Why does your nose run when it’s cold?

The Nose: A built-in humidifier

When I was walking my dog this weekend, my nose started to run.  That got me to wondering why this occurs.  Why does your nose run when it’s cold?

It turns out that this is a good thing.  Your nose is your own personal built in humidifier.   Its job, in addition to odor detection, is to warm and add moisture to the air you breathe before it gets to your lungs.  You inhale the cold, dry air on a wintry day and your nose automatically starts producing fluids to protect your lungs.  Sometimes the nose does a really good job of producing that moisture and the excess drips out.

Another factor in a drippy nose is condensation.  Have you ever been out on a really cold day and seen your breath?  That’s the result of your warm breath hitting the cold air and forming condensation or water droplets.  The same thing happens with your nose.  You breathe warm air out your nose.  It hits the cold air and drips start happening.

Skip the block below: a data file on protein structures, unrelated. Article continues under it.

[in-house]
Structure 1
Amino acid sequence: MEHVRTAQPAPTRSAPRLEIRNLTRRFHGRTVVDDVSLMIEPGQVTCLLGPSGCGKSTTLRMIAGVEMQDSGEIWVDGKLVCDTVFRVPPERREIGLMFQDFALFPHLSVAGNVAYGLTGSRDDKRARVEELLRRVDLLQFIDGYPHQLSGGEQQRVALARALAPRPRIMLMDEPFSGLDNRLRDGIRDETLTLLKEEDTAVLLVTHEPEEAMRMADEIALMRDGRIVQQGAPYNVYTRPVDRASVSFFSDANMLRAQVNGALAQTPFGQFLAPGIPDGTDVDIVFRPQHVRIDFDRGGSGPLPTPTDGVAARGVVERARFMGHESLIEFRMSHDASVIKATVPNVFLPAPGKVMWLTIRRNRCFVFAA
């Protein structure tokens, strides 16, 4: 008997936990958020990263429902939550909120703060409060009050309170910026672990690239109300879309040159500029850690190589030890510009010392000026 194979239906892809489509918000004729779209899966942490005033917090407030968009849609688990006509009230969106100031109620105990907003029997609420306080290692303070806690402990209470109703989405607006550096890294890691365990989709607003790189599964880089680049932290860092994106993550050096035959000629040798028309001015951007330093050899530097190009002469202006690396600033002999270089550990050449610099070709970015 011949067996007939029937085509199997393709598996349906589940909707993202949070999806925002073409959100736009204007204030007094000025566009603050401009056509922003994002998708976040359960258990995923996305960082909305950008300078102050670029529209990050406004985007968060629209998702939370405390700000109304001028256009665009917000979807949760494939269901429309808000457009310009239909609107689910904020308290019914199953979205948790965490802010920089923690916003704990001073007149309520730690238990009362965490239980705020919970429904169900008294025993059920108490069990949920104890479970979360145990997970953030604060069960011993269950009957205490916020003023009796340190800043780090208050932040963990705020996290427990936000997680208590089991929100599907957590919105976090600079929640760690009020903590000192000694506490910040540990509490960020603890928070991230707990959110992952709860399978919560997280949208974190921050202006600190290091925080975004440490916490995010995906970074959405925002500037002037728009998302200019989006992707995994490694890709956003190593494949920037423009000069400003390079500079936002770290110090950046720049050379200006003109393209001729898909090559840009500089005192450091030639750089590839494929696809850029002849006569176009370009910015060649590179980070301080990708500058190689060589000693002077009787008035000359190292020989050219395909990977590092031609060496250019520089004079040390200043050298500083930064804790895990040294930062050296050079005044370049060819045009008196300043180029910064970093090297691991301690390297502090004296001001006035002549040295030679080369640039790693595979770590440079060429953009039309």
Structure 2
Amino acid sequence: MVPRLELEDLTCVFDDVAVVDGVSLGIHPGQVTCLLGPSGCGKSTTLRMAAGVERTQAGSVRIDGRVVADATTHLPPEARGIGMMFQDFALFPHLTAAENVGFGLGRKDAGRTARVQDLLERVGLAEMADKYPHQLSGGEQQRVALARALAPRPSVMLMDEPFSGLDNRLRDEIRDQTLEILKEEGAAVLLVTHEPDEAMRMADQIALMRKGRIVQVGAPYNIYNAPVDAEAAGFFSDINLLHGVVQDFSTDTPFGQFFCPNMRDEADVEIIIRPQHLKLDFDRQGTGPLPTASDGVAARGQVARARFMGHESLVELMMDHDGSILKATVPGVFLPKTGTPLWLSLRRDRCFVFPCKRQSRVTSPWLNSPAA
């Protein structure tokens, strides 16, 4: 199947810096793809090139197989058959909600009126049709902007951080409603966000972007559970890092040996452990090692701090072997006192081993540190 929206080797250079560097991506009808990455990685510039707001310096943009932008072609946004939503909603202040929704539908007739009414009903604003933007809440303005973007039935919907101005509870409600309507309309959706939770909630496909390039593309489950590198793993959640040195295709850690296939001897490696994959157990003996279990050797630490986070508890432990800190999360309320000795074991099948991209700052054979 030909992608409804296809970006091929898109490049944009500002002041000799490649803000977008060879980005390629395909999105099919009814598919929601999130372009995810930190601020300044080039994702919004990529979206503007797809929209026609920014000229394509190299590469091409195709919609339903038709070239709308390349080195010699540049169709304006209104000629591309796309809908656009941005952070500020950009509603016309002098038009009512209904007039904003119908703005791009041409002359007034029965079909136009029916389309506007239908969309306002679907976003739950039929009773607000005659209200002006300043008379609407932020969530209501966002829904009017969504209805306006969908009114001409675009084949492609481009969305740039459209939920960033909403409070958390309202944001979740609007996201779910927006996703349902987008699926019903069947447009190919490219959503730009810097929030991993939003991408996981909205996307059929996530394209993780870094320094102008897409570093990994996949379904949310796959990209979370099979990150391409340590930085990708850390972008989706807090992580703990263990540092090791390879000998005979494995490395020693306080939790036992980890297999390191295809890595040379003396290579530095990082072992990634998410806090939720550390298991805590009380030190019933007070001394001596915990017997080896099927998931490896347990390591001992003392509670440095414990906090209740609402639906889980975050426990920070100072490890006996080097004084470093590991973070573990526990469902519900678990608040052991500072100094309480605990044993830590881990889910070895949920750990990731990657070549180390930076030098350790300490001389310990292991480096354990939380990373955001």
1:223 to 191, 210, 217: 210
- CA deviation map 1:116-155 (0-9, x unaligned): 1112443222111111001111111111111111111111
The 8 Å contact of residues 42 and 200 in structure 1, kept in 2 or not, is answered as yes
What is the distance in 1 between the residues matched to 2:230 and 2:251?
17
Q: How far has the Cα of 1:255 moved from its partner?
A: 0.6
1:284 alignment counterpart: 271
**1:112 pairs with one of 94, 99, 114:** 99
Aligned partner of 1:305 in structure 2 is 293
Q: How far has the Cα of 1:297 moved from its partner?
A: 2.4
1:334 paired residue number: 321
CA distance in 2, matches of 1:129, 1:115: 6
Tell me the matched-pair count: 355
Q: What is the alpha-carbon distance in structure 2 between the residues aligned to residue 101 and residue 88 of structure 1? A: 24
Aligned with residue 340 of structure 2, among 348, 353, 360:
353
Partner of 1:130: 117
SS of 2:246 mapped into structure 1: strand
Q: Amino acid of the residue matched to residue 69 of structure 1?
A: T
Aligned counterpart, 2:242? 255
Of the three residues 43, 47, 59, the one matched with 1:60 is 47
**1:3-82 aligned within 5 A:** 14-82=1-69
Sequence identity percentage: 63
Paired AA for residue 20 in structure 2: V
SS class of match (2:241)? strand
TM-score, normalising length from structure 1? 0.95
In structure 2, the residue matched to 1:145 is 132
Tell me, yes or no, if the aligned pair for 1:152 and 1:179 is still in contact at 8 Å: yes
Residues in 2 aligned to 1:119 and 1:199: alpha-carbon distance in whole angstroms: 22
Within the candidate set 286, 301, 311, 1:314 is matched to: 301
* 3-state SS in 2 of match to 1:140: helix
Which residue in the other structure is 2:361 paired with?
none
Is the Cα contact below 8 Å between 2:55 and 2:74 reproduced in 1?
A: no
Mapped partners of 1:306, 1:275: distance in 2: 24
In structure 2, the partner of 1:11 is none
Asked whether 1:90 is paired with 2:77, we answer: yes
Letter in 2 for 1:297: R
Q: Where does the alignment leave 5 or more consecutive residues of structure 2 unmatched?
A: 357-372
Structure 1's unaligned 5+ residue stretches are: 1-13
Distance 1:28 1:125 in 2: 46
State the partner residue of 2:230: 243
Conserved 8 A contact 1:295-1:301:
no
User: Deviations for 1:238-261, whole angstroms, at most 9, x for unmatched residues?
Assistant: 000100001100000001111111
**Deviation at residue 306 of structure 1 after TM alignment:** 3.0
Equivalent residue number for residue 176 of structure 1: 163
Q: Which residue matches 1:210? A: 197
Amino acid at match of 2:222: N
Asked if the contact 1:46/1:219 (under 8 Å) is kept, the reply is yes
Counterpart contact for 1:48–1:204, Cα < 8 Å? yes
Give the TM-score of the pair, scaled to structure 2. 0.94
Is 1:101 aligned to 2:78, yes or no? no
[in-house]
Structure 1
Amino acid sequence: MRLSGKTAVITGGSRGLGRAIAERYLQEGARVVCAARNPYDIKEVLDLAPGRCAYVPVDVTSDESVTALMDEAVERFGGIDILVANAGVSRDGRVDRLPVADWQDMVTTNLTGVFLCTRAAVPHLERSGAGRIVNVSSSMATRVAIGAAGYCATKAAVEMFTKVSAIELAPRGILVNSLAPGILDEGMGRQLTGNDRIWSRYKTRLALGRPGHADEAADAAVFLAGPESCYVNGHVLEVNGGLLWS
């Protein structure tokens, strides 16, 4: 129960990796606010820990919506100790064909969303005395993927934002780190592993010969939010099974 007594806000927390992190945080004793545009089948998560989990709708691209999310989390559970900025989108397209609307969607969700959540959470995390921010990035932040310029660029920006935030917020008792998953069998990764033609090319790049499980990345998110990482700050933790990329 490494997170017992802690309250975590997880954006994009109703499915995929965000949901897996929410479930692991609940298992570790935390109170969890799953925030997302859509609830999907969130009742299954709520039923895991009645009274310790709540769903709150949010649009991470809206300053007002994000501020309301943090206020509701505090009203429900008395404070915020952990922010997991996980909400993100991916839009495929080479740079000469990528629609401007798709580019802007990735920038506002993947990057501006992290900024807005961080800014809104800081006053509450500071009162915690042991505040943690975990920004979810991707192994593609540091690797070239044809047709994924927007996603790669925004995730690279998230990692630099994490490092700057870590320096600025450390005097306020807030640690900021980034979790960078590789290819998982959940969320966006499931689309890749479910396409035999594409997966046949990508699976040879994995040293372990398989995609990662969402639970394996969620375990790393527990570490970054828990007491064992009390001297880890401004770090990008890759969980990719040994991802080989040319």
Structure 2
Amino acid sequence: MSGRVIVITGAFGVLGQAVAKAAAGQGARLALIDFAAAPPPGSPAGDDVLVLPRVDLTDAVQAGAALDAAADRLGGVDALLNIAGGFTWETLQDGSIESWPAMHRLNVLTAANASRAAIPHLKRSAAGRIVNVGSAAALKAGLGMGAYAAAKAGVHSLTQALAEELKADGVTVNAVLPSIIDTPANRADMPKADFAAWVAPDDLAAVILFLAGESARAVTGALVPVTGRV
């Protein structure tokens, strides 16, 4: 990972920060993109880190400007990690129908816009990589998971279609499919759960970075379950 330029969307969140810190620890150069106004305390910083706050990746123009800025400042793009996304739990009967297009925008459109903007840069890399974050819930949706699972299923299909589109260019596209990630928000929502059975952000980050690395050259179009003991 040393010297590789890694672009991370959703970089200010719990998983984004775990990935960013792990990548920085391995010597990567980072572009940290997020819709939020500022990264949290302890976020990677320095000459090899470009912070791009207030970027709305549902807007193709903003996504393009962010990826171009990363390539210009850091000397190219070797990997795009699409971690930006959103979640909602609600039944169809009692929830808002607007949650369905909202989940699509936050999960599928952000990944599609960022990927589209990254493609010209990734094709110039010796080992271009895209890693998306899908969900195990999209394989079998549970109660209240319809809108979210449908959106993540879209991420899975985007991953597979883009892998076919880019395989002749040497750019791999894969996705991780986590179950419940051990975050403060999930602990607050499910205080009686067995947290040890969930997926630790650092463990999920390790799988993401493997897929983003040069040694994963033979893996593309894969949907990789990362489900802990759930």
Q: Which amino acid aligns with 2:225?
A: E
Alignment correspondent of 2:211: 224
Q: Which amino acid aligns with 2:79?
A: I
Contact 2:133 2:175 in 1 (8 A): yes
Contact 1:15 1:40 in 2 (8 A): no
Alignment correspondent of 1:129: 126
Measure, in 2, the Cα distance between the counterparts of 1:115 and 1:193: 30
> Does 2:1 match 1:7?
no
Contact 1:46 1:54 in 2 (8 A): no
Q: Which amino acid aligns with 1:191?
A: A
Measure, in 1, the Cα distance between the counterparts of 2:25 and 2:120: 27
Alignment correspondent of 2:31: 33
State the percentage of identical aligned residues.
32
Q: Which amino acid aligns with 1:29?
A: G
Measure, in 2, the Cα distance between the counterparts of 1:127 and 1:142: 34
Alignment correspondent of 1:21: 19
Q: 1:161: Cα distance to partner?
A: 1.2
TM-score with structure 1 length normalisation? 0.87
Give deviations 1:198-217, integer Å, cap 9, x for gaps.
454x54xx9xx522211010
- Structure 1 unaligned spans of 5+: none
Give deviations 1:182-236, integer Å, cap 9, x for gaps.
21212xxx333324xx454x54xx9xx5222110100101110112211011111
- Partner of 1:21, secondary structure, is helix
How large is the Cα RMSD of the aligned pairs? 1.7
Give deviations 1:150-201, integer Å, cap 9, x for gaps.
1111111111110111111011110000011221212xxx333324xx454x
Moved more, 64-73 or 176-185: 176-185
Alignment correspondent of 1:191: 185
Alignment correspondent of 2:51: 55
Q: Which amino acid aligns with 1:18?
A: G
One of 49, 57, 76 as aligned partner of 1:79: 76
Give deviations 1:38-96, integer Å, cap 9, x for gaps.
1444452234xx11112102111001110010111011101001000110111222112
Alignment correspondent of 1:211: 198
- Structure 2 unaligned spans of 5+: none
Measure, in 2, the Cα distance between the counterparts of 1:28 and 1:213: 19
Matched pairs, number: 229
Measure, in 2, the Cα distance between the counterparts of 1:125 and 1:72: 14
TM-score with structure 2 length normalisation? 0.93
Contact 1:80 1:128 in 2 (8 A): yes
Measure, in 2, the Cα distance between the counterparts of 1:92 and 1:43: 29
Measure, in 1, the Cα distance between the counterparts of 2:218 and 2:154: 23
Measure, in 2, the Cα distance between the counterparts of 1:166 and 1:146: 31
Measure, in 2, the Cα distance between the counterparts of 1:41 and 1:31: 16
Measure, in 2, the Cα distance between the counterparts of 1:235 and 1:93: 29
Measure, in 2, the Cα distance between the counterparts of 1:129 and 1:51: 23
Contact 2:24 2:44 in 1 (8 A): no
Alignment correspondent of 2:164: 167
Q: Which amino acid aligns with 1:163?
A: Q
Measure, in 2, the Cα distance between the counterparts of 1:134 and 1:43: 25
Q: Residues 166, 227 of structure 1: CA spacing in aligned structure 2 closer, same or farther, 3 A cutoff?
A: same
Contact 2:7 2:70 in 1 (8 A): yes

If you want to avoid the whole drippy nose thing, try wearing a scarf over your nose and mouth.  Air breathed through a scarf is warmer and moister and will cut down on the drips.

And, if you’re in need of some nose humor:  If your nose runs, and your feet smell, you’re built upside down!

Submitted by Tina Comston, M.Ed.

Stomach bug back on campus

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We have seen a LOT of students with a viral gastroenteritis (“stomach flu”) here at Student Health over the last couple of weeks.  Here’s what you should look out for and/or do if you think you’ve been hit with it.

Watery diarrhea is the main symptom: anywhere from 2 or 3 loose stools per day up to living on the toilet all day.  Other symptoms include:

  • Nausea and vomiting (some people will only have this without the diarrhea)
  • Stomach cramps, pain, or tenderness
  • Fever or chills
  • Appetite loss
  • Weakness
  • Dehydration